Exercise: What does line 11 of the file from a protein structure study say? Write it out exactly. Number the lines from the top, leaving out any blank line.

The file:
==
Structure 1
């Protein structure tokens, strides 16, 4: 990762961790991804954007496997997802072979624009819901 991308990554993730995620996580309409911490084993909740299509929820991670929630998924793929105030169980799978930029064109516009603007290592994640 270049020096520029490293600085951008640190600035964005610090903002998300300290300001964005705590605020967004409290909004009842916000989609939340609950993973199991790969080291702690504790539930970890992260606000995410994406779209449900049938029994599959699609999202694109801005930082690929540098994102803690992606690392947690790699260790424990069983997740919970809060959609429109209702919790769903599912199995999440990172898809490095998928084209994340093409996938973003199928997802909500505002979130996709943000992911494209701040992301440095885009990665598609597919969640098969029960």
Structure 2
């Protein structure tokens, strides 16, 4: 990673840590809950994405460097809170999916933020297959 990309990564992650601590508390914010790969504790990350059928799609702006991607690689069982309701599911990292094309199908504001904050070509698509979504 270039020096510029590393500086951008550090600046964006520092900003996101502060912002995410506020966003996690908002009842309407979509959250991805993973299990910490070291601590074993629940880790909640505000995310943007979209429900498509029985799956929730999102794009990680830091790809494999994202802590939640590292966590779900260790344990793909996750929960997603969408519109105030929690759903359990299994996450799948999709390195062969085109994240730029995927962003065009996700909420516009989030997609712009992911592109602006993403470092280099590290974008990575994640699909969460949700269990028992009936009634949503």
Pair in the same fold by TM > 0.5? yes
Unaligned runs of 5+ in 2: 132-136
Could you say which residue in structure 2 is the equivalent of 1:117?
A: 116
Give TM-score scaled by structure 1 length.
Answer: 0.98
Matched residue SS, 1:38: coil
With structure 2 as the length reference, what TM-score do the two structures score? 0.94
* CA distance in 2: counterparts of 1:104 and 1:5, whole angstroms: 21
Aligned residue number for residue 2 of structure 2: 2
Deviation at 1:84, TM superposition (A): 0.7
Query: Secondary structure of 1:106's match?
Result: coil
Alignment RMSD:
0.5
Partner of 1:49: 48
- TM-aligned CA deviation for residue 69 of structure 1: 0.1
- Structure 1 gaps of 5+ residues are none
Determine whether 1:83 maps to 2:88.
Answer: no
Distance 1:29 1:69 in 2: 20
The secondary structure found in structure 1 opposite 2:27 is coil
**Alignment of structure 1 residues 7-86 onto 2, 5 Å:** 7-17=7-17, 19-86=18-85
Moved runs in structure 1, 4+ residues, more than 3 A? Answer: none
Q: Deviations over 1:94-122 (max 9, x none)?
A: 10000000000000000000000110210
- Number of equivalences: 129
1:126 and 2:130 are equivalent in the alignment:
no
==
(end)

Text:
Matched residue SS, 1:38: coil